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  • Rams set for start of OTAs

    By Nick Wagoner
    Senior Writer

    The silly season is over. As of Tuesday morning, the focus of the National Football League has shifted from the rumors, speculation and innuendo that go with free agency, the draft and the trade market back to the meat and potatoes.

    “The football part of it, being on the field, smelling the grass and having the fields lined and the ball being tossed around and guys being confident in what they are doing,” Rams coach Steve Spagnuolo on Monday. “And we have guys that were hurt last year that get to resurface so we get to watch them now. It really is the first time together so we get to start molding this all together.”

    For the Rams, it all starts at 10:40 Tuesday morning when the majority of the team will step on the fields at the Russell Training Center for the first Organized Team Activities (OTAs) of the offseason.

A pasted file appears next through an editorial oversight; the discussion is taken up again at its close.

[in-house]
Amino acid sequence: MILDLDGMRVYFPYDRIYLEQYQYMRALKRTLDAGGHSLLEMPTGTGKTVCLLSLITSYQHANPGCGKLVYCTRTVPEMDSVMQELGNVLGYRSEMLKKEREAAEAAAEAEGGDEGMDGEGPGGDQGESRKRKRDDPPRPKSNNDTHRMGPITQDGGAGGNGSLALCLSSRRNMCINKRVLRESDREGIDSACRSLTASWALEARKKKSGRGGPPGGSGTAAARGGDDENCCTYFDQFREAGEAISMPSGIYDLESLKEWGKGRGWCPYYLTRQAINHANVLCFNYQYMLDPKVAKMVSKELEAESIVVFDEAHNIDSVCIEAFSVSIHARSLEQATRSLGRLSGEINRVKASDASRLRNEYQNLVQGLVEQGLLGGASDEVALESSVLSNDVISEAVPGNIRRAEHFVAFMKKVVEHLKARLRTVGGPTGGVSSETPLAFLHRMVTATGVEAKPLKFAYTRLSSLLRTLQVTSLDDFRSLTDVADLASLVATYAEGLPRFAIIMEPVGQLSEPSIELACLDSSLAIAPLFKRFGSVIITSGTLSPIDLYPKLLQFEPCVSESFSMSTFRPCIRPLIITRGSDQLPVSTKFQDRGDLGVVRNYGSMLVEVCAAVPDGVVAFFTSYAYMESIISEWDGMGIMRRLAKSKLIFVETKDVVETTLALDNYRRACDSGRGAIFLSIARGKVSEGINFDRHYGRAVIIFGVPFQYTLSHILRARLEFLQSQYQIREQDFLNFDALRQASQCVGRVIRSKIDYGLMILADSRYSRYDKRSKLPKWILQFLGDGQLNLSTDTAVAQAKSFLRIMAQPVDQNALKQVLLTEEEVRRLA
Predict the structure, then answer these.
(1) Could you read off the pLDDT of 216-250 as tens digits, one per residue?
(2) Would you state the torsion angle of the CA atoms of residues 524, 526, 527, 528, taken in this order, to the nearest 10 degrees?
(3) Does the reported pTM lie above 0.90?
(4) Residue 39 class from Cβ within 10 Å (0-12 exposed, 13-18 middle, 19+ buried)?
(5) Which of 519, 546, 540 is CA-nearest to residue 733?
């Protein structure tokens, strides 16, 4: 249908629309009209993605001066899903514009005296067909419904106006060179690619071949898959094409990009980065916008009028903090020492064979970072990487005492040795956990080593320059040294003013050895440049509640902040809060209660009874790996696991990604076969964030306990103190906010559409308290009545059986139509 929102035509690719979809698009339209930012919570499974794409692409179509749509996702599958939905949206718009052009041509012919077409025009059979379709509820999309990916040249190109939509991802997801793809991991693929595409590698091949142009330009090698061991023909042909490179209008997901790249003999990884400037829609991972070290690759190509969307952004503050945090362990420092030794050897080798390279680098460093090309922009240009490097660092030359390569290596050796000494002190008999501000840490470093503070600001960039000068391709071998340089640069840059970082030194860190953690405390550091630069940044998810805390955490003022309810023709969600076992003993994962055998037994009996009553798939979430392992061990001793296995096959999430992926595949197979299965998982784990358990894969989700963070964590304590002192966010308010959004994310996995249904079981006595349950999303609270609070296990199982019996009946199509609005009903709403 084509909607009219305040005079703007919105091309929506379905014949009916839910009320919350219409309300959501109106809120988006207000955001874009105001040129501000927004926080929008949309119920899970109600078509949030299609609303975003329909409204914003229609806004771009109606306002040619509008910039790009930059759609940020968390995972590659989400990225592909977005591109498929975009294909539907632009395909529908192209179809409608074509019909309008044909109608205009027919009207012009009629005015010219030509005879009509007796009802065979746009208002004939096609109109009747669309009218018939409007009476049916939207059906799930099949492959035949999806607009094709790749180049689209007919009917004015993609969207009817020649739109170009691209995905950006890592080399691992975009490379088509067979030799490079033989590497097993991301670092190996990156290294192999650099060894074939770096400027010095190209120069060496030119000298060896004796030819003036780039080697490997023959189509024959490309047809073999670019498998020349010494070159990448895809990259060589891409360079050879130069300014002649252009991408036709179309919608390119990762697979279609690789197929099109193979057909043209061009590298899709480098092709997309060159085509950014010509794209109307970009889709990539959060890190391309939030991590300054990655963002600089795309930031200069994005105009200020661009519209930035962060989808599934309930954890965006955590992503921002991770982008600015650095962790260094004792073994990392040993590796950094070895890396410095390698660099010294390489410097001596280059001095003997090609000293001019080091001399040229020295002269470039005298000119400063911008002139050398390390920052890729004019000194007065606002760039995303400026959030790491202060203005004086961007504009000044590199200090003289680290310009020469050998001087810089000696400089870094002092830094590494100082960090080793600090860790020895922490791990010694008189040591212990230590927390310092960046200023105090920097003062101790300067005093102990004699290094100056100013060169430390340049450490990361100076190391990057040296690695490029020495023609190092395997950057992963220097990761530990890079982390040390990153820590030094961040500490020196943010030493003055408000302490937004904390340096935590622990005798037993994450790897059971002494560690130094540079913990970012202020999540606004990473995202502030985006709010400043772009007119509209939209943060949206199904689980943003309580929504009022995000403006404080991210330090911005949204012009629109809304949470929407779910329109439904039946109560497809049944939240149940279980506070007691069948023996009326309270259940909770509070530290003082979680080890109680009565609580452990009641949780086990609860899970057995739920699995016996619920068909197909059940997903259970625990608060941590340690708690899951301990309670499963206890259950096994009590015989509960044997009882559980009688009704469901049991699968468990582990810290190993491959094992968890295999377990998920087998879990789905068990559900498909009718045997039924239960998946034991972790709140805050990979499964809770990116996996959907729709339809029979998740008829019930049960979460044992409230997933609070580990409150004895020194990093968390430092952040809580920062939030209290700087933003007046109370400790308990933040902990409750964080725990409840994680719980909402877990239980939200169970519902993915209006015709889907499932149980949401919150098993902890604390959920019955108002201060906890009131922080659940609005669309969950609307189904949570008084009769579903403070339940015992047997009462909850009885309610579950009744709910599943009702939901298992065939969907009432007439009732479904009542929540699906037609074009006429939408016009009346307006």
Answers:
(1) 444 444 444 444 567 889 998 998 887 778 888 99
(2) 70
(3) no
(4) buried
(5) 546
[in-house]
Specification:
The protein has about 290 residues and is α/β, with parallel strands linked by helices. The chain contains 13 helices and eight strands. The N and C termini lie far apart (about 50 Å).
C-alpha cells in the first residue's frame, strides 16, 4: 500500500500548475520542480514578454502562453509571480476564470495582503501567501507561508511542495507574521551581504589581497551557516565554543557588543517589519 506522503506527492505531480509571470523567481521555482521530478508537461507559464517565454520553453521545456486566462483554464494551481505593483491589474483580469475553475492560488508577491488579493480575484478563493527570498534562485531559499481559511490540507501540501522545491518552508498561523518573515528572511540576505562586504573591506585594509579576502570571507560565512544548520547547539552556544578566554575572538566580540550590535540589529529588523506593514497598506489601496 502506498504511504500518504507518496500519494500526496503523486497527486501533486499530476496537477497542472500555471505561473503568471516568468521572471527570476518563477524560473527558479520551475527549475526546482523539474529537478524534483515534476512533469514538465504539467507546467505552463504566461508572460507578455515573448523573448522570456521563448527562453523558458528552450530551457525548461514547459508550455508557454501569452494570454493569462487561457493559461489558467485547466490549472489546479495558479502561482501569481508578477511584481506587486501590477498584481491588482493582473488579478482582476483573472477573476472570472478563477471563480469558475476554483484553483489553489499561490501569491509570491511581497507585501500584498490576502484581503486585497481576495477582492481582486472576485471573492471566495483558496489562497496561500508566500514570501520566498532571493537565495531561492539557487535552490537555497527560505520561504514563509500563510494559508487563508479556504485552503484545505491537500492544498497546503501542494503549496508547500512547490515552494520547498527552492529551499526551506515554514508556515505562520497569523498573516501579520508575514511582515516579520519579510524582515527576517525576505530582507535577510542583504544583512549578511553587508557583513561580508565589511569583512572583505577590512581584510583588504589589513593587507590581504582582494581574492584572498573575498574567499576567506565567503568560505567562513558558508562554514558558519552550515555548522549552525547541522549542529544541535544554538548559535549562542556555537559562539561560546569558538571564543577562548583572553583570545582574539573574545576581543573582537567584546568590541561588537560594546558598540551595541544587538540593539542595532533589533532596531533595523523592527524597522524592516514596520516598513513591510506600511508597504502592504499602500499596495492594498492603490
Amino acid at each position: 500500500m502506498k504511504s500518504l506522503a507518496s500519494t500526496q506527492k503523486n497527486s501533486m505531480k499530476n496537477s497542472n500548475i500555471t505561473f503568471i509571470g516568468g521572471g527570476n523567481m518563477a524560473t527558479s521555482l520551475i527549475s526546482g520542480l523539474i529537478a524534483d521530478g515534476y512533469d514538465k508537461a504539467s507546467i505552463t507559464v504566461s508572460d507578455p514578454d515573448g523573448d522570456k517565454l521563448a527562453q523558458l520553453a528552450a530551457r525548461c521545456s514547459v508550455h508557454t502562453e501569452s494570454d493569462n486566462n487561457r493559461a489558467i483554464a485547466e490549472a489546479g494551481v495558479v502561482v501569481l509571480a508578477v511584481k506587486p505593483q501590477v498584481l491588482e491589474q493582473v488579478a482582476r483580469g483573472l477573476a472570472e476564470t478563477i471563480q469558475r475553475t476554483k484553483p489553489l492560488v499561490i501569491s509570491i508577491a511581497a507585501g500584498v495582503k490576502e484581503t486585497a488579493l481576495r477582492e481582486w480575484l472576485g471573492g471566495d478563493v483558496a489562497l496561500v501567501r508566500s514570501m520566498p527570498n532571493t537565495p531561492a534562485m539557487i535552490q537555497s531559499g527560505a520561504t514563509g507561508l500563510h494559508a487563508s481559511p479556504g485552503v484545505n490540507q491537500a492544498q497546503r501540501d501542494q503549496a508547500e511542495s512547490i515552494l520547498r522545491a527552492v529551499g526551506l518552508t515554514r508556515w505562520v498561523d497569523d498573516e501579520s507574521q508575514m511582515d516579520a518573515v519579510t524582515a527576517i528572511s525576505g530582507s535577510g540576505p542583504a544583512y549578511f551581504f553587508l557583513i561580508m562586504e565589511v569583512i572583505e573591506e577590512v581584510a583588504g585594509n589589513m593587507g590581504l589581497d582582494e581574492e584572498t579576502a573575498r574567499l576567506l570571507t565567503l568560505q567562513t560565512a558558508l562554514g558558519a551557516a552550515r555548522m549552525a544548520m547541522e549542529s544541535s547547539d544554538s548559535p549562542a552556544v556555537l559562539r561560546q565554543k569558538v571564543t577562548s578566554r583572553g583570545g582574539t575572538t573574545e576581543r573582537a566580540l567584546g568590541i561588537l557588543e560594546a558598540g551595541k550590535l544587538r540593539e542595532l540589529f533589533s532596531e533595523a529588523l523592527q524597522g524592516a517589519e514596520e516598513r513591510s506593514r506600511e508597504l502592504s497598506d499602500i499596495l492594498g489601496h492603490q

It will be the first of 19 such practices scheduled to take place in the next few weeks, culminating with a final workout on June 17 and a full squad minicamp the previous weekend. For those unfamiliar with the OTA concept, think spring football for college teams or spring training for baseball players.

    Unlike those endeavors, though, OTAs aren’t about practicing at full speed with all of the available equipment.

    In other words, the Rams will not be wearing pads (per league rule) and there will be no full contact periods during the practices.

    Instead, the OTAs provide the players with an opportunity to meet and get to know some of their new teammates as well as begin getting acquainted or re-acquainted with the system and the playbook.

    In the case of the Rams, Spagnuolo expects a departure from what the OTAs were like last year.

    “The very first year it was so much about kind of getting guys to understand how we wanted to practice, the tempo and how fast and the organization of it,” Spagnuolo said. “Because when a whole new staff comes in, the players don’t know what is expected and you feed it to them so you spend a lot of time on the actual organization and operation of practice.”